Several existing pieces of music were adapted to the poem. A hymn tune composed by Samuel A. Ward was generally considered the best music as early as 1910 and is still the popular tune today. Just as Bates had been inspired to write her poem, Ward too was inspired to compose his tune. The tune came to him while he was on a ferryboat trip from Coney Island back to his home in New York City, after a leisurely summer day in 1882, and he immediately wrote it down. He was so anxious to capture the tune in his head, he asked fellow passenger friend Harry Martin for his shirt cuff to write the tune on, thus perhaps the off the cuff analogy. Ward’s music, combined with Bates’ poem, was first published in 1910.

Ward died in 1903, not knowing the national stature his music would attain. Bates was more fortunate, as the song’s popularity was well established by her death in 1929.

At various times in the more than 100 years that have elapsed since the song as we know it was born, particularly during the John F. Kennedy administration, there have been efforts to give “America the Beautiful” legal status either as a national hymn, or as a national anthem equal to, or in place of, “The Star-Spangled Banner”.

Visiting Colorado Springs? Bring a good camera!

US Air Force Academy graduation | Photo credit:

You won’t regret it.

You can’t visit the Colorado Springs region without visiting Pikes Peak. And no one should miss the dramatic red sandstone spires of Garden of the Gods, a city park at the foot of the mountain. The city also is home to the nation’s only mountain zoological park, the Cheyenne Mountain Zoo, where you can hop on a Sky Ride that overlooks the zoo and the city below, and feed giraffes from your hand. The U.S. Olympic Training Center also is here; world-class athletes in a variety of sports train here year-round. The Pro Rodeo Hall of Fame honours athletes of the Western kind. The U.S. Air Force Academy also attracts multitudes of visitors. Nearby towns also offer a grand variety of attractions. Manitou Springs has one of the nation’s oldest amusement arcades and Woodland Park, up Ute Pass, has a dinosaur museum representing the area’s archaeological roots. And while you are in Manitou Springs you absolutely have to drop in on Santa’s Workshop/North Pole. Cripple Creek, west of the peak, recalls the area’s rich mining history with museums and mine tours. Canon City, about an hour southwest of Colorado Springs, has many attractions, including a scenic railroad, an Old West town and the Royal Gorge, which features a famous suspension bridge.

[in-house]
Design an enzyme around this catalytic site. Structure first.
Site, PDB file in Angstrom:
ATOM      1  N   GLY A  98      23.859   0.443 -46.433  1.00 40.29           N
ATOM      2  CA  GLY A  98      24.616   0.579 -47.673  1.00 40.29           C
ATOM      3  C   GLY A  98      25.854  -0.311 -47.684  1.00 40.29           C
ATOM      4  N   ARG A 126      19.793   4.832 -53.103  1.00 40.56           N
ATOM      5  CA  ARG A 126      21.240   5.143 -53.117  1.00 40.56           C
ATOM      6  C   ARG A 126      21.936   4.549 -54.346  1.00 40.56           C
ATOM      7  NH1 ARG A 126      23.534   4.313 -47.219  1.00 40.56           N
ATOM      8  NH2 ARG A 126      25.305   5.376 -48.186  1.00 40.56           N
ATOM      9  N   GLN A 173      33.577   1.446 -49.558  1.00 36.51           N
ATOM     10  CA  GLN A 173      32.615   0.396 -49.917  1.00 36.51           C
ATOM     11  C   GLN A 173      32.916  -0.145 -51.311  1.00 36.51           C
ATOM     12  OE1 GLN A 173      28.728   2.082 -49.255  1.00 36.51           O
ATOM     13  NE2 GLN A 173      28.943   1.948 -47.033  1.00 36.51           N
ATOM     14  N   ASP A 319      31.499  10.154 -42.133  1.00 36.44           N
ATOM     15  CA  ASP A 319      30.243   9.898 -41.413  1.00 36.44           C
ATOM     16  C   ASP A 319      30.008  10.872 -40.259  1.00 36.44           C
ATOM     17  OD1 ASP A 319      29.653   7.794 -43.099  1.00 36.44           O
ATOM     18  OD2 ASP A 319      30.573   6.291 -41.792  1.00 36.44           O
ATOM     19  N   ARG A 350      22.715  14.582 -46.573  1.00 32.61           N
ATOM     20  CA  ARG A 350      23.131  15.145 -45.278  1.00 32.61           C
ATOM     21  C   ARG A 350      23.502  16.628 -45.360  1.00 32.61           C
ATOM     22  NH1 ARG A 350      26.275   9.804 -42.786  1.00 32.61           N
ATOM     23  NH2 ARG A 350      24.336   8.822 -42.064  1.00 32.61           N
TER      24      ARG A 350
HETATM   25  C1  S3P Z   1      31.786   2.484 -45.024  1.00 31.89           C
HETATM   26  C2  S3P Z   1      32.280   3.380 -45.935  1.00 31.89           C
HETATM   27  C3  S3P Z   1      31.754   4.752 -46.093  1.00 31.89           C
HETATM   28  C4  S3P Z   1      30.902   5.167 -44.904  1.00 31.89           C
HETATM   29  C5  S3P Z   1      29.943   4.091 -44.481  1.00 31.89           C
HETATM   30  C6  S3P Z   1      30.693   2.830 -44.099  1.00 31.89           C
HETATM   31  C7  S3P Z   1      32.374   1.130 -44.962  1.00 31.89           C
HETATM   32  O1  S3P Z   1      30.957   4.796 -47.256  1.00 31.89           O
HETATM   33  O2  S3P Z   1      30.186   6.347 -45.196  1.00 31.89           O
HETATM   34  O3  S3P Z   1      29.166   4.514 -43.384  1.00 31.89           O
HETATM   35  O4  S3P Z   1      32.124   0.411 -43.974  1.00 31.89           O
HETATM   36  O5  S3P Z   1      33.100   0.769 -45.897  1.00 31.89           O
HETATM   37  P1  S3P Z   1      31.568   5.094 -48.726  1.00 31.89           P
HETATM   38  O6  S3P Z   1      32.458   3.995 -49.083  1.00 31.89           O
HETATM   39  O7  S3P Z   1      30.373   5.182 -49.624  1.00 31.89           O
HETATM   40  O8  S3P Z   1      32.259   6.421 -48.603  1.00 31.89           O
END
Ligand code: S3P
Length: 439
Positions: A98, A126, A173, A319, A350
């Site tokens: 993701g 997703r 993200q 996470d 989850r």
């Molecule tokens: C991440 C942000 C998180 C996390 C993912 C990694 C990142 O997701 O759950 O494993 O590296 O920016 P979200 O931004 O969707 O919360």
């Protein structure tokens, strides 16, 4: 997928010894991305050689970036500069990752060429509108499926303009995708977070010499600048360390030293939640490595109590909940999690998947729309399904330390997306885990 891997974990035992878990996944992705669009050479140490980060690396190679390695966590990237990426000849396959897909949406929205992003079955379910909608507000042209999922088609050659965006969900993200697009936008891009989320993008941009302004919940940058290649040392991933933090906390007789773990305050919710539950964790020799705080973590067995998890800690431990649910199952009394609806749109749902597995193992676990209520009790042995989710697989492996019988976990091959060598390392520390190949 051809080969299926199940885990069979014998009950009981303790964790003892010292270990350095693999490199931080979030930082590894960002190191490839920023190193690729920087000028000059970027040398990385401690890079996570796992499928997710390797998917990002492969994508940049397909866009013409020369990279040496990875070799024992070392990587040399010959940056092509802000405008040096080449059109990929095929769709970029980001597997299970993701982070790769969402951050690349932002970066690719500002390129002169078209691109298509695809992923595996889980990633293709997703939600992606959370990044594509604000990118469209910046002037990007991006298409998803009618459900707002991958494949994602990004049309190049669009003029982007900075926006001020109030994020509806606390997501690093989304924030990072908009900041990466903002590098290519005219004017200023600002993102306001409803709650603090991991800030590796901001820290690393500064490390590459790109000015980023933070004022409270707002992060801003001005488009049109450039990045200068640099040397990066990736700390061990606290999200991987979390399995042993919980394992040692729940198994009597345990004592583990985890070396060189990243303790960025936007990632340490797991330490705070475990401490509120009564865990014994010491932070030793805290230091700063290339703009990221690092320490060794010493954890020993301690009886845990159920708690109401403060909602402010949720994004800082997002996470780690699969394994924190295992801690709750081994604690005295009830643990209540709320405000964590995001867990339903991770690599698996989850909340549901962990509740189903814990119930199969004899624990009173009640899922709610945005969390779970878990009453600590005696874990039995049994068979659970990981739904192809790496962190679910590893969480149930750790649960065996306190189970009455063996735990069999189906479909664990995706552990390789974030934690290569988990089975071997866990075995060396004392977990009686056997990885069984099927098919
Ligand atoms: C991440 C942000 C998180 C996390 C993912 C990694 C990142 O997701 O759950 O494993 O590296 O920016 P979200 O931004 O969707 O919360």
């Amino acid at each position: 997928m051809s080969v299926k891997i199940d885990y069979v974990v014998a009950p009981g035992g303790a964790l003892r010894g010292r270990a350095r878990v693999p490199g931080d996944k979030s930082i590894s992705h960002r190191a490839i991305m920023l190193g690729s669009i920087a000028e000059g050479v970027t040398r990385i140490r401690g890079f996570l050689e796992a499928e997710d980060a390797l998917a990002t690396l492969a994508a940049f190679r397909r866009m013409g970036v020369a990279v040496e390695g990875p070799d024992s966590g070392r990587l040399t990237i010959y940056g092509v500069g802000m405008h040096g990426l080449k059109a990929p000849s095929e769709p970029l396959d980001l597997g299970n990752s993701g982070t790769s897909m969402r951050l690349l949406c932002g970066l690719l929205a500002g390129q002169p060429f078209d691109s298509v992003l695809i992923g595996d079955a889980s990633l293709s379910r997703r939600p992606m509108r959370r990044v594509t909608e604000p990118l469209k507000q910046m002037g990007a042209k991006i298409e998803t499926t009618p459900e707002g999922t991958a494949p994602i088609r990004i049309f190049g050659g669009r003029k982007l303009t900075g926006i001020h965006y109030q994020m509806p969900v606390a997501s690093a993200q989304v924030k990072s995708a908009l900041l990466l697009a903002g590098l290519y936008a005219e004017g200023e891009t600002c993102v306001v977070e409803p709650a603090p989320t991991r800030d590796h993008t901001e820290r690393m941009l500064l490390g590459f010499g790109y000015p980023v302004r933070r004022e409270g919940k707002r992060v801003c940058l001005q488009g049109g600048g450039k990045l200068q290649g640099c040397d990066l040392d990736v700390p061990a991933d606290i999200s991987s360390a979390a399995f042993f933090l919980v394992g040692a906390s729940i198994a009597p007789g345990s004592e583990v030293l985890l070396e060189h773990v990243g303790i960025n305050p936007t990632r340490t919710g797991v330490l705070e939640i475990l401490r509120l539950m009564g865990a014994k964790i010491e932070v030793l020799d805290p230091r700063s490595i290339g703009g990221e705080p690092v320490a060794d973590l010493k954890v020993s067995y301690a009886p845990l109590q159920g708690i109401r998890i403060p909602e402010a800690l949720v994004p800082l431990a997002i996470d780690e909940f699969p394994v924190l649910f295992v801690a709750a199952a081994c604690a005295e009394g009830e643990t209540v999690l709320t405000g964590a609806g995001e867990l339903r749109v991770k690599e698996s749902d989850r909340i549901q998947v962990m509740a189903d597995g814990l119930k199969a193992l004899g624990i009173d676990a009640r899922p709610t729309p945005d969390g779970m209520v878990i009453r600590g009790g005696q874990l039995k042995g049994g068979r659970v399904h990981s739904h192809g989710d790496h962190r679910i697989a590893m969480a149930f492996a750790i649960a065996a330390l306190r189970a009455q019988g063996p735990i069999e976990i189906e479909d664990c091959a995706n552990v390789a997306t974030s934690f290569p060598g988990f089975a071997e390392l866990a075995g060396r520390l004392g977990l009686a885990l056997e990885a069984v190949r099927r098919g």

Colorado Springs has become a year-round tourism destination, so rather than the Typical Top Ten List of the Best of … here are some of the many, many things to do and see while you are here (in no “Best Of” order)!

Get outside!

Calf roping at the rodeo | Photo credit:

Go hiking.

Ride a horse.

Go mountain biking

Ski or Snowboard.

Go snowshoeing.

Go white water rafting

Play a round of golf. The golf courses are open 365 days a year.

Camping gets you out in the mountains, next to a campfire, and under the stars.Soak in the soothing waters of one of many Colorado Hot Springs.

Take a ride on the Pikes Peak Cog Railway to the summit of Pikes Peak.

Take a hot air balloon ride.

Visit one of the Colorado State Parks.

Take a romantic horse-drawn carriage ride through Old Colorado City.

Drink from the mineral springs in Manitou Springs.

Catch a rainbow trout at a local fishing spot. Get ankle-deep in a clear mountain stream, or take in some Colorado sunshine on the shores of one of our beautiful reservoirs.

Visit Peterson Air Force Base and learn more about NORAD.

Drive into the mountains, find a trail, and get lost in a sea of Colorado wildflowers.

Take a day trip to Cripple Creek.